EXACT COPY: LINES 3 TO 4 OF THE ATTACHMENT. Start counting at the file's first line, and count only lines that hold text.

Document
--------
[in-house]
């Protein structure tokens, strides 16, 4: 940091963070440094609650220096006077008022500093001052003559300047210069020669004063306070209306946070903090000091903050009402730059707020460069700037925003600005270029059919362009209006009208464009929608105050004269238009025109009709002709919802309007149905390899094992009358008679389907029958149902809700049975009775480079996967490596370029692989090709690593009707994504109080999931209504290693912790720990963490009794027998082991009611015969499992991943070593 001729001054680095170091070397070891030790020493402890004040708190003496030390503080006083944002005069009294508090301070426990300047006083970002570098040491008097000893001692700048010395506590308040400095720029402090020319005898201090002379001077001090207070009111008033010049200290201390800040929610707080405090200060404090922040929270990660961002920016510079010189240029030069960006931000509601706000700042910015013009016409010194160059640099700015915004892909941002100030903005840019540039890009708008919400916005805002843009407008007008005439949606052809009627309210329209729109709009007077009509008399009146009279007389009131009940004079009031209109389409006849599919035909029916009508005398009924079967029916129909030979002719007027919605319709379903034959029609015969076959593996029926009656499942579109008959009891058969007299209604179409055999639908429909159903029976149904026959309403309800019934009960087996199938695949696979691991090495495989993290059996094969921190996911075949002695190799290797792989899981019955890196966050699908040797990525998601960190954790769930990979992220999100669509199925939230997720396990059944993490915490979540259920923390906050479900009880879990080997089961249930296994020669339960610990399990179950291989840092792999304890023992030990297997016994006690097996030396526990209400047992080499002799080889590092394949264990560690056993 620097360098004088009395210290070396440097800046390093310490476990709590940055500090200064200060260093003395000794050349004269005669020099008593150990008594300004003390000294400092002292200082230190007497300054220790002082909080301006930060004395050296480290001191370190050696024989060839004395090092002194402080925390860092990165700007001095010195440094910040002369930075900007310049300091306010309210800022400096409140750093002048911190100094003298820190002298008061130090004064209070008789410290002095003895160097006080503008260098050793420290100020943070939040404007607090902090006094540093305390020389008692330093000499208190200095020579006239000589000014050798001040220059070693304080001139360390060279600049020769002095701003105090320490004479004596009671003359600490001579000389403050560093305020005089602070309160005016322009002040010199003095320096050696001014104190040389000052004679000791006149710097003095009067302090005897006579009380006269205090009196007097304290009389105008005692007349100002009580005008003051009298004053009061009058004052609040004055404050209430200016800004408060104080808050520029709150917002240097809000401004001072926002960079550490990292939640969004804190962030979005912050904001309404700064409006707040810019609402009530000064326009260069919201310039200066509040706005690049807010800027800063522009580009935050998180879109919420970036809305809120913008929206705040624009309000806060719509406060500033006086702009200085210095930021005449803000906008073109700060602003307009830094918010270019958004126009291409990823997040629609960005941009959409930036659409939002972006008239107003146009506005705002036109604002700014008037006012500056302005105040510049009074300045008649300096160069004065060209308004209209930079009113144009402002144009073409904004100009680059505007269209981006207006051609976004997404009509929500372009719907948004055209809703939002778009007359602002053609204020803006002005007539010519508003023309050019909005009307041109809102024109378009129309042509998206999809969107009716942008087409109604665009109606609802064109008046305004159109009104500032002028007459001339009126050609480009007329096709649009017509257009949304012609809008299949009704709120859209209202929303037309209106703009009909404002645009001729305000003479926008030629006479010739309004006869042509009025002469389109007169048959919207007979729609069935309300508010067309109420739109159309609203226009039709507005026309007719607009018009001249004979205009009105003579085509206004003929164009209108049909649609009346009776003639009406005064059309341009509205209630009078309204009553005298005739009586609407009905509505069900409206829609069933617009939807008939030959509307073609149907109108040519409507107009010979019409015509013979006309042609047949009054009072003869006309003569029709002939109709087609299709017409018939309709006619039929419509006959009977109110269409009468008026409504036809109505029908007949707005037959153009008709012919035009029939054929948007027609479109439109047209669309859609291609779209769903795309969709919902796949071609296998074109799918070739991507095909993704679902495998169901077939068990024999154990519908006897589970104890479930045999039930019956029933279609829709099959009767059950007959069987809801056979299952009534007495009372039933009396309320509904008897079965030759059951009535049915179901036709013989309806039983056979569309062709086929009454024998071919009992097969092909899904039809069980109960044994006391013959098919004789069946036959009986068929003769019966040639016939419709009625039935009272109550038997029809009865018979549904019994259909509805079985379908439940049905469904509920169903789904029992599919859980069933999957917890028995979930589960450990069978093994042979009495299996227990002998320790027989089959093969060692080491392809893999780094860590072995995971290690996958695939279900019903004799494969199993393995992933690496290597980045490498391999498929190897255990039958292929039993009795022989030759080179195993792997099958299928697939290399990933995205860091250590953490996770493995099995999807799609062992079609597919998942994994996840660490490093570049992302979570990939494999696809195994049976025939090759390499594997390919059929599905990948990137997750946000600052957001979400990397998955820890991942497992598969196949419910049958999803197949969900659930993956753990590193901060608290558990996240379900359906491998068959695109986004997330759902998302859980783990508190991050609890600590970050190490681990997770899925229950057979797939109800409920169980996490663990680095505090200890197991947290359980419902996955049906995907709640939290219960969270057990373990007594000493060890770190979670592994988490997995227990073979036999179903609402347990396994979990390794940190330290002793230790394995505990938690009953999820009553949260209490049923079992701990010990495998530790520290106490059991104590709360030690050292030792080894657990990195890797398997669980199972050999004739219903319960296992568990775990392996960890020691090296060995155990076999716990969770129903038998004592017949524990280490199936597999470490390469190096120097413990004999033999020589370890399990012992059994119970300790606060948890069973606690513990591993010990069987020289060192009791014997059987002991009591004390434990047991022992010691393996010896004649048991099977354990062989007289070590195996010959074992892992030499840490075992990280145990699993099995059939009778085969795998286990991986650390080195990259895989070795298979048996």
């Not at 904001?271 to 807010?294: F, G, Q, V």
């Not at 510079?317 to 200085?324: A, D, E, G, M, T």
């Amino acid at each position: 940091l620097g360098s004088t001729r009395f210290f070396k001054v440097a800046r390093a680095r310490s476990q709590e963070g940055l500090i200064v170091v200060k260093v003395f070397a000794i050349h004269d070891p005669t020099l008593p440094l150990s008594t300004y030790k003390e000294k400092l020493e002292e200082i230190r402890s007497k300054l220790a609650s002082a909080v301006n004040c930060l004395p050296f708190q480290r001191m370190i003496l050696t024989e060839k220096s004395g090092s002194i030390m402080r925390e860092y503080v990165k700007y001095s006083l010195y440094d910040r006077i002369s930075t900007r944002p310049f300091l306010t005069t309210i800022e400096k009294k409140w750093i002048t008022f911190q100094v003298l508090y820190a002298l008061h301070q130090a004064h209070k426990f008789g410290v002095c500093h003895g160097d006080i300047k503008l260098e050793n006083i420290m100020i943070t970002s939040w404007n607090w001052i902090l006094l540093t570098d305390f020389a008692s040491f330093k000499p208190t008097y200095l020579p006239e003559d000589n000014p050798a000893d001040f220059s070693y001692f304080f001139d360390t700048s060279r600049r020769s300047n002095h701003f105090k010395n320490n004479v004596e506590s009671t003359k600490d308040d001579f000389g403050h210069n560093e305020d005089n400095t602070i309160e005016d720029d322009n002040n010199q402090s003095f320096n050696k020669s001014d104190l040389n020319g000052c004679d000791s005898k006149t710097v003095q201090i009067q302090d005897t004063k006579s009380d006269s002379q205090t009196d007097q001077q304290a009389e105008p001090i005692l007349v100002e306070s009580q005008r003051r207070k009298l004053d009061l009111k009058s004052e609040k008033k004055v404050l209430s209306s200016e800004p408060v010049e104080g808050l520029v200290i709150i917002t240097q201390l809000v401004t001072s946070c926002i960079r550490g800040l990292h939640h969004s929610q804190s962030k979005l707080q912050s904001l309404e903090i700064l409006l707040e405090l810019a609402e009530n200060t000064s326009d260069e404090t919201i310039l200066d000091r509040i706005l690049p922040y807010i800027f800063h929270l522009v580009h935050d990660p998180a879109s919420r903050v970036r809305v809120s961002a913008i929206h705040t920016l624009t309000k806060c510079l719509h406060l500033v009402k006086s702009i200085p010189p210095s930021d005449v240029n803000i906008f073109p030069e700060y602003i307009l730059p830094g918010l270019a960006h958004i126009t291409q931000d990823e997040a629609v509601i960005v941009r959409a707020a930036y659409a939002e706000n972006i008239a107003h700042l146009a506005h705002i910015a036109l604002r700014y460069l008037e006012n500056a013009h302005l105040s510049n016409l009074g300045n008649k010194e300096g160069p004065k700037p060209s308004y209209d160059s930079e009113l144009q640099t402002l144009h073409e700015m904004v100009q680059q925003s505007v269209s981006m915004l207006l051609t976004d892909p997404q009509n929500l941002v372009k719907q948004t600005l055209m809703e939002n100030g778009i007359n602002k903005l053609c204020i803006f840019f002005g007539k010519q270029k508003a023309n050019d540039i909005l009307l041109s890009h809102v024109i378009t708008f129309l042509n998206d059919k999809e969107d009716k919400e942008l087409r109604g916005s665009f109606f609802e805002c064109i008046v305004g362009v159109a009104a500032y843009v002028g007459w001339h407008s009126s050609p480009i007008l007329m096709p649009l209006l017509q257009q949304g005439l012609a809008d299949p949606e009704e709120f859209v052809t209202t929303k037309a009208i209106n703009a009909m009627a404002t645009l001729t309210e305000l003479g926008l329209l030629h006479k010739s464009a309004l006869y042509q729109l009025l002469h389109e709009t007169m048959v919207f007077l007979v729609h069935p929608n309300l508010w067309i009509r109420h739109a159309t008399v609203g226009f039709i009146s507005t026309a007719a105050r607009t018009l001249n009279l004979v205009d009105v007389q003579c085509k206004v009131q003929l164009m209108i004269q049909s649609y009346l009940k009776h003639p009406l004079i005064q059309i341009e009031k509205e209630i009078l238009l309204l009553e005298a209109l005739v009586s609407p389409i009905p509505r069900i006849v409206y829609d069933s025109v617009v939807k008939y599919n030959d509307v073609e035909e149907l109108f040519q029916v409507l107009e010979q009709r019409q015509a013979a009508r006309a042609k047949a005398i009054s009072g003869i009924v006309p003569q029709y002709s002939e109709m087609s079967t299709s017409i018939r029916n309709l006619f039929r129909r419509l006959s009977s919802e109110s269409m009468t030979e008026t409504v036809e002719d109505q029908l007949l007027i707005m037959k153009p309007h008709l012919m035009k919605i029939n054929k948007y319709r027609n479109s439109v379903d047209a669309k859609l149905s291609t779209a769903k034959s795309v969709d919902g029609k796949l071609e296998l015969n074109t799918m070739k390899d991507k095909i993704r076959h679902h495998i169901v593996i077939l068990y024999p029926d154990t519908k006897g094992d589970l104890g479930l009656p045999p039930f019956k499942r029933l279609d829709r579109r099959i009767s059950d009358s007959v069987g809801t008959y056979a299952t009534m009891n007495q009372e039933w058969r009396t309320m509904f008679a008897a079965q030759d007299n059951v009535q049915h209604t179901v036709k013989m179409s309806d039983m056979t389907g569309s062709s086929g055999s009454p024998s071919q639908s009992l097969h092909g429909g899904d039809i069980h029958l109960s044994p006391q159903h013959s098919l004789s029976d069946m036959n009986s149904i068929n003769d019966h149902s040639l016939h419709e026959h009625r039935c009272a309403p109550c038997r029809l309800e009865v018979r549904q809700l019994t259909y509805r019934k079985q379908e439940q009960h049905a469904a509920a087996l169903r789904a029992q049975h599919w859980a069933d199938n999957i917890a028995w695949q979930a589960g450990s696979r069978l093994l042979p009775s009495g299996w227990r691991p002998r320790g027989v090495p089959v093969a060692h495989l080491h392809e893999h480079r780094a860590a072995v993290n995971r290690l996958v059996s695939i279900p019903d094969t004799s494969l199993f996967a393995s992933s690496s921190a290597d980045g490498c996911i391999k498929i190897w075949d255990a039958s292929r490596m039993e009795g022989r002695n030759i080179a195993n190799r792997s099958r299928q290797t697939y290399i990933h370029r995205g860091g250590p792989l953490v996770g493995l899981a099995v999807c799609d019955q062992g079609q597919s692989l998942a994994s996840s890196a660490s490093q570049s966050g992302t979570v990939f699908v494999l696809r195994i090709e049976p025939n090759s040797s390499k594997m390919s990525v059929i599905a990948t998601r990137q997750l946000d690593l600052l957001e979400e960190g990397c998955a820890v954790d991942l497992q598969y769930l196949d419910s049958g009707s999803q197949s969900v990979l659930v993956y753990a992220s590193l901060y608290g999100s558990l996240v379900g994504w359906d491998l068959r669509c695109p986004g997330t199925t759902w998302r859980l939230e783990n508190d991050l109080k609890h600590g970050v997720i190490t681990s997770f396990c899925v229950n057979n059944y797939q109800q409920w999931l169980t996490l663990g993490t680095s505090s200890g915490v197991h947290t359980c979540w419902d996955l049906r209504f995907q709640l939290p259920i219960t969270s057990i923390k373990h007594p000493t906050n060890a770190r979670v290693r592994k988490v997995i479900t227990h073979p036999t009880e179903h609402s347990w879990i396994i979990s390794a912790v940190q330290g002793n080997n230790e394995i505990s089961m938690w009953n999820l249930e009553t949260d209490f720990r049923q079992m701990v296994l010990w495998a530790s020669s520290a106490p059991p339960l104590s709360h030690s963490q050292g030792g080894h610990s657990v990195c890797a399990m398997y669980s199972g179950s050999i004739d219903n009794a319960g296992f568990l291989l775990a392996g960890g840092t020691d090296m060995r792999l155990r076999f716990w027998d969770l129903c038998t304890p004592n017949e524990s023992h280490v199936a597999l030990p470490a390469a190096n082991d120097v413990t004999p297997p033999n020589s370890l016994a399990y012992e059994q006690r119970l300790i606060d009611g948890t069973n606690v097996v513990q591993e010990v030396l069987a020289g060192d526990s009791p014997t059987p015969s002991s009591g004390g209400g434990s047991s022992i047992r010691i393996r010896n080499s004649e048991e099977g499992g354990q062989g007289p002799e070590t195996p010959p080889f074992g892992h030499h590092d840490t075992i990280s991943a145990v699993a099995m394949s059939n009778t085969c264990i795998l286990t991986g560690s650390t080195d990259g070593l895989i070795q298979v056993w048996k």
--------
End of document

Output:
């Not at 904001?271 to 807010?294: F, G, Q, V």
């Not at 510079?317 to 200085?324: A, D, E, G, M, T």